Winnona Park Historic District
|Location||Bounded by College (N), Columbia (E), Mimosa/City Limits (S), Candler (W)|
|Architect||Leila Ross Wilburn|
|Architectural style||Late 19th and 20th Century Revivals, Late 19th and Early 20th Century American Movements|
|NRHP reference #||02000565|
|Added to NRHP||May 30, 2002|
Winnona Park is a historic neighborhood in the southeast corner of the Atlanta, Georgia suburb of Decatur. It is listed as a historic district on the National Register of Historic Places,  but it is not one of the City of Decatur's locally designated historic districts.
Winnona Park is located south of downtown Decatur; west of the Village of Avondale Estates, Georgia and the Forest Hills subdivision; and east of Decatur's Oakhurst community. It primarily consists of residences, but is also known as the home of Columbia Theological Seminary. Its rough boundaries are Mimosa Drive and the Decatur city limits on the south; East College Avenue and the railroad tracks on the north; South Candler Street on the west; and South Columbia Avenue on the east. In addition, the commercial buildings on the east side of South Columbia Ave. at East College Ave. have historically been part of this community. This commercial cluster historically housed the neighborhood pharmacy, gas station and barbershop.
The early families of Winnona Park also have historic links to Agnes Scott College, which adjoins Winnona Park on the northeast. However, the South Candler Street--Agnes Scott College Historic District is listed separately on the National Register of Historic Places. The City of Decatur has also designated South Candler Street - Agnes Scott College as a local historic district. Bounded by East College Ave., South McDonough St, South Candler St., East Hill St. and East Davis St., it is no longer considered part of Winnona Park.
In addition, the Forrest Hills community east of South Columbia Avenue is located in unincorporated DeKalb County, and is not considered part of Winnona Park. However, the City of Decatur announced in 2008 that they were considering the annexation of Forrest Hills.
Winnona Park contained farms and estates in the 19th century. "Winnona" is named for the Winn family, who came to DeKalb County, Georgia in the first half of the 19th Century. James J. Winn was a clergyman and a surgeon in the C.S.A. His son-in-law, George Bucher Scott, began the development of Winnona Park. The 1868 farmhouse of another early settler, James C. Avary, still remains on South Columbia Drive. The "Avary-Fulton House", named after the Avary and Fulton families (that constructed and later purchased the home, respectively), was part of a farm that listed 19 slaves in the 1860 census.
During the U.S. Civil War, Union troops first occupied Decatur in July 1864. An 1864 map of Decatur shows Union trenches along East College Avenue, from South Columbia to Adams Street, just south of the railroad tracks. This gave the Union troops strategic control of the rail line. The Union troops, under General Schofield, were driven north through Decatur to the cemetery by Confederate troops under General Wheeler. However, the city fell to the Union again shortly before the Battle of Atlanta.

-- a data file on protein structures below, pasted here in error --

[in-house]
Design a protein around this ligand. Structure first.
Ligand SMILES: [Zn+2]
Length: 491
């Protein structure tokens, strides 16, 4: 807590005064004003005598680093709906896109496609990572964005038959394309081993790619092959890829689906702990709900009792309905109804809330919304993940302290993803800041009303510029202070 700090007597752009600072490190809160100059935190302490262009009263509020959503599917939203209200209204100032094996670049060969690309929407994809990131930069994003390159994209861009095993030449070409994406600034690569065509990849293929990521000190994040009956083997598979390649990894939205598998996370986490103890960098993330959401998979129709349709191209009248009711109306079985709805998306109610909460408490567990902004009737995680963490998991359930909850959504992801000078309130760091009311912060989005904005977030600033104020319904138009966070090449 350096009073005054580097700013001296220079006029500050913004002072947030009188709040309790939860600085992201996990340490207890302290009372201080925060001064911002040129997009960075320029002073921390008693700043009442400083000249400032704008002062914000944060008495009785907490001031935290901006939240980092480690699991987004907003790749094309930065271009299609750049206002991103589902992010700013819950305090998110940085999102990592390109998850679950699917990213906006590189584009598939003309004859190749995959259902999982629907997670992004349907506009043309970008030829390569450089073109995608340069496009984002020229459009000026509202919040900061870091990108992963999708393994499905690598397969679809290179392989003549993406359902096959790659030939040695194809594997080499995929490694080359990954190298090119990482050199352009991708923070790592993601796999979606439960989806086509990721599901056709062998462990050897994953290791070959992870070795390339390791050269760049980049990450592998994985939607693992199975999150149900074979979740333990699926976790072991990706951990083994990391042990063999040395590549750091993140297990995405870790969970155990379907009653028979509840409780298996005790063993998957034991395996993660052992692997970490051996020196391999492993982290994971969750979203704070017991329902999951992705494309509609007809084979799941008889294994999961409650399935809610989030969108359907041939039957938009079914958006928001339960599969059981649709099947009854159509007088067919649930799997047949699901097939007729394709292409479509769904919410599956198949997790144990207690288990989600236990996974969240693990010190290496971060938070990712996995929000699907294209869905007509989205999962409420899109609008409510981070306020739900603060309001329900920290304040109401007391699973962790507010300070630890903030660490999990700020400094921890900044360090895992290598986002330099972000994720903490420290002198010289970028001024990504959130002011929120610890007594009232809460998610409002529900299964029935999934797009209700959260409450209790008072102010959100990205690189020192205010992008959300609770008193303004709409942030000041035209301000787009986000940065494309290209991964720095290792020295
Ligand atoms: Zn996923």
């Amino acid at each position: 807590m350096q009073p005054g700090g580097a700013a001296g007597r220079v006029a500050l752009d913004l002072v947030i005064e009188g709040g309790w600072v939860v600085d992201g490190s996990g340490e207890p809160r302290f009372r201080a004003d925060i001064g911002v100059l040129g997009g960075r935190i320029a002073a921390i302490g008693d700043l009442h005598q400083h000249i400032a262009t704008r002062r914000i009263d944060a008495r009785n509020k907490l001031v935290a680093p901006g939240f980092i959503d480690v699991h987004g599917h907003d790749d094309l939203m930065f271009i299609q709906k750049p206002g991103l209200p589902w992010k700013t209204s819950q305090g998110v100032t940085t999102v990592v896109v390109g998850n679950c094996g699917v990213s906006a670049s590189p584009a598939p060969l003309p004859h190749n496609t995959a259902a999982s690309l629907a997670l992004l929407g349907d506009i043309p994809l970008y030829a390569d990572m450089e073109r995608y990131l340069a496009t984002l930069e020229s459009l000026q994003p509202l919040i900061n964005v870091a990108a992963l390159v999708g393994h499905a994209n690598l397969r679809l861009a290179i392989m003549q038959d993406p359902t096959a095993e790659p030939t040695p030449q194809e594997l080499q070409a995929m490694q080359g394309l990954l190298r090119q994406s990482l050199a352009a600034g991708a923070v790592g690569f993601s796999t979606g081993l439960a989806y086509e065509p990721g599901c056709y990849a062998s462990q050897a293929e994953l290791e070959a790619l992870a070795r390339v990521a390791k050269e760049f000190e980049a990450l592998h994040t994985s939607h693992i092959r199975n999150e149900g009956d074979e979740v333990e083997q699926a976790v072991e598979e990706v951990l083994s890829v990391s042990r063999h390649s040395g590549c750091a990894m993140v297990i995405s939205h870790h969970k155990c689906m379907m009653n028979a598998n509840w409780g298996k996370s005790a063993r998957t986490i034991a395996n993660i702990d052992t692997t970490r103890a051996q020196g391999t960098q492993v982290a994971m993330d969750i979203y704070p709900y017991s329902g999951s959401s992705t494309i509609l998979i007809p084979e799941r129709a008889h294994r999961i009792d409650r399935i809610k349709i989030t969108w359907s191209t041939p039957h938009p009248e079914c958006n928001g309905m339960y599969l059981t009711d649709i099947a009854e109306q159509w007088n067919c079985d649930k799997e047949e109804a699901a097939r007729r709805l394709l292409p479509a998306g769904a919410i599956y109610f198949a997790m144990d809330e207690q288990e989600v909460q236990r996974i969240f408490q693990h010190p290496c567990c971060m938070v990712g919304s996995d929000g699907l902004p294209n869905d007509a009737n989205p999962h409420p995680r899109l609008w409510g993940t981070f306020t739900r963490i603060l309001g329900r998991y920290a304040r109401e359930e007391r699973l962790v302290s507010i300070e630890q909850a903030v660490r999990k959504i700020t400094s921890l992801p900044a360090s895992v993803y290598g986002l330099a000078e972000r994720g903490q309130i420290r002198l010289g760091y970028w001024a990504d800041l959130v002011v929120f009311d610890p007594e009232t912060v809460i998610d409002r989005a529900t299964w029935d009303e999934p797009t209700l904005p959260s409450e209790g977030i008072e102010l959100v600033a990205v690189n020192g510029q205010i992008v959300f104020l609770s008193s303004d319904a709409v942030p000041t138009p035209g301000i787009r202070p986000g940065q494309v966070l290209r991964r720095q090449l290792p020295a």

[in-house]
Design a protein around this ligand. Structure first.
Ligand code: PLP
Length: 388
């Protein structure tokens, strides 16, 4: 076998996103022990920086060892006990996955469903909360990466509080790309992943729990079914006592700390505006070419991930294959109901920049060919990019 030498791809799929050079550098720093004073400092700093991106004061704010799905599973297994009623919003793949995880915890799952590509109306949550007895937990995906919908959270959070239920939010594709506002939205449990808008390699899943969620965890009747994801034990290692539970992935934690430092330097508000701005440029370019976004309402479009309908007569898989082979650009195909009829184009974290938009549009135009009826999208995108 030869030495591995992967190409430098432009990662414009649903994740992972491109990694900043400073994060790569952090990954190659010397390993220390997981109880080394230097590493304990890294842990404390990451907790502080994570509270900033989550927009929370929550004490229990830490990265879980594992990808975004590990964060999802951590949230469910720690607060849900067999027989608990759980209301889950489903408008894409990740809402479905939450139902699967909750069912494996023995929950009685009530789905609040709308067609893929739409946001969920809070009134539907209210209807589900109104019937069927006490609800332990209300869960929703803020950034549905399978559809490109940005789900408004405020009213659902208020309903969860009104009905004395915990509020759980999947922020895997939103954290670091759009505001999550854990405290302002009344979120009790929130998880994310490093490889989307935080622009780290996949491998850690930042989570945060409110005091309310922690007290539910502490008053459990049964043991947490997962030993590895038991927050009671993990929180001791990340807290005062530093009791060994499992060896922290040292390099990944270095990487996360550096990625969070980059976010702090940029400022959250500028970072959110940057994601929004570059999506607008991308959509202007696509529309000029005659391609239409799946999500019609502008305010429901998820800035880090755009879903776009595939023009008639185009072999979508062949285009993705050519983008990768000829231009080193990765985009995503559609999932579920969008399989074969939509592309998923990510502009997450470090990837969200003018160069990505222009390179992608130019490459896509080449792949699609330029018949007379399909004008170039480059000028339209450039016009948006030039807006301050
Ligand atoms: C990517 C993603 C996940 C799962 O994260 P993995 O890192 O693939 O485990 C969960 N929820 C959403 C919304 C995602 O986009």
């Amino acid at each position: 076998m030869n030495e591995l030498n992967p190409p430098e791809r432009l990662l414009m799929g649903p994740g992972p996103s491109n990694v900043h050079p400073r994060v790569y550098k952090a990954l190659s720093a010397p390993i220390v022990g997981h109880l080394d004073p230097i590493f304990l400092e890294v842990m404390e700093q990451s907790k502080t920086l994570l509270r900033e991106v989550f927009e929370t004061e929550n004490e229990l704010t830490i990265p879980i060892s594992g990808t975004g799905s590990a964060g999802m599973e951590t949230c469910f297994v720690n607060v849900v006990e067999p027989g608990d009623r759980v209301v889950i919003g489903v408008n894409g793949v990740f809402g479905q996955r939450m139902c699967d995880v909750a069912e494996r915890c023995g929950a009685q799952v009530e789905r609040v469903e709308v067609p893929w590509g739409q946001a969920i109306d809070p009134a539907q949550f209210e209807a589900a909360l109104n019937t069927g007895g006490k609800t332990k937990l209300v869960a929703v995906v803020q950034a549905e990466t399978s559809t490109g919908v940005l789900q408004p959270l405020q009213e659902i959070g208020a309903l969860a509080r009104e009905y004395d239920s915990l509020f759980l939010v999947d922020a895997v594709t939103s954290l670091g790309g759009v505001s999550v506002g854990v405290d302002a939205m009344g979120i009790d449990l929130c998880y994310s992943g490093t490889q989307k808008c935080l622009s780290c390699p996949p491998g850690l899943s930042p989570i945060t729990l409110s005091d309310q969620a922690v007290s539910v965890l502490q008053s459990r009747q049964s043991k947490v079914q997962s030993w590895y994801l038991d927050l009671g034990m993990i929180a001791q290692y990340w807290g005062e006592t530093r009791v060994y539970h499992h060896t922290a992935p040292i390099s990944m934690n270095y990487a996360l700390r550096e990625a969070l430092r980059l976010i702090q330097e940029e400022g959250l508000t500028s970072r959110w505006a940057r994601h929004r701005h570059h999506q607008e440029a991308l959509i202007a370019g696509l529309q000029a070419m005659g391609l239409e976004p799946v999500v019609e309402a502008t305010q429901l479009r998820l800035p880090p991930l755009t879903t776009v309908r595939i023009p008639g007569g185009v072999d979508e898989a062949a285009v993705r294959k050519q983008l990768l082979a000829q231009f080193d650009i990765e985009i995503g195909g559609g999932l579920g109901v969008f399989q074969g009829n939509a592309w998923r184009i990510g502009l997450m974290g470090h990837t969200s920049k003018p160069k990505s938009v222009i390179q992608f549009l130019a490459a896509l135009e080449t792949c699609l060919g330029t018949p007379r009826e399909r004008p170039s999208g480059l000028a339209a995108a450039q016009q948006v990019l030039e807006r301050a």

The North Georgia Conference of the Methodist Episcopal Church, South, purchased a small farm on the east side of South Columbia Drive in 1873 and relocated from Norcross, Georgia. By the start of the 20th century, 125 boys and girls lived at the "Decatur Orphans' Home" (as it was then known). The campus is presently known as the "United Methodist Children's Home".
The development of Winnona Park as a residential area began in the early 20th century. George B. Scott, a member of the Scott family that founded Agnes Scott College and Scottdale Mills, purchased the property from Dr. James Avary and began developing it.
The earliest business district began at East College and South Candler.", In 1913, Joseph Hughey operated a drug store, which was across the railroad tracks from Decatur's train depot. (This location now houses Farmstead 303.) In 1923, the Winnona Park Elementary School was constructed; the original school building is still used by the City of Decatur Schools and is the centerpiece of the community.
Winnona Park is listed on the National Register of Historic Places for its late 19th- and early 20th-century American Movement buildings. It contains numerous architectural styles, including craftsman bungalows, Georgian Revival and English Country. Prominent architect Leila Ross Wilburn designed homes on Avery Street. Notable residences include:
Winnona Park religious congregations include:
Winnona Park is near major transportation arteries, but has a limited number of roads connecting it to downtown Decatur due to the east-west rail line.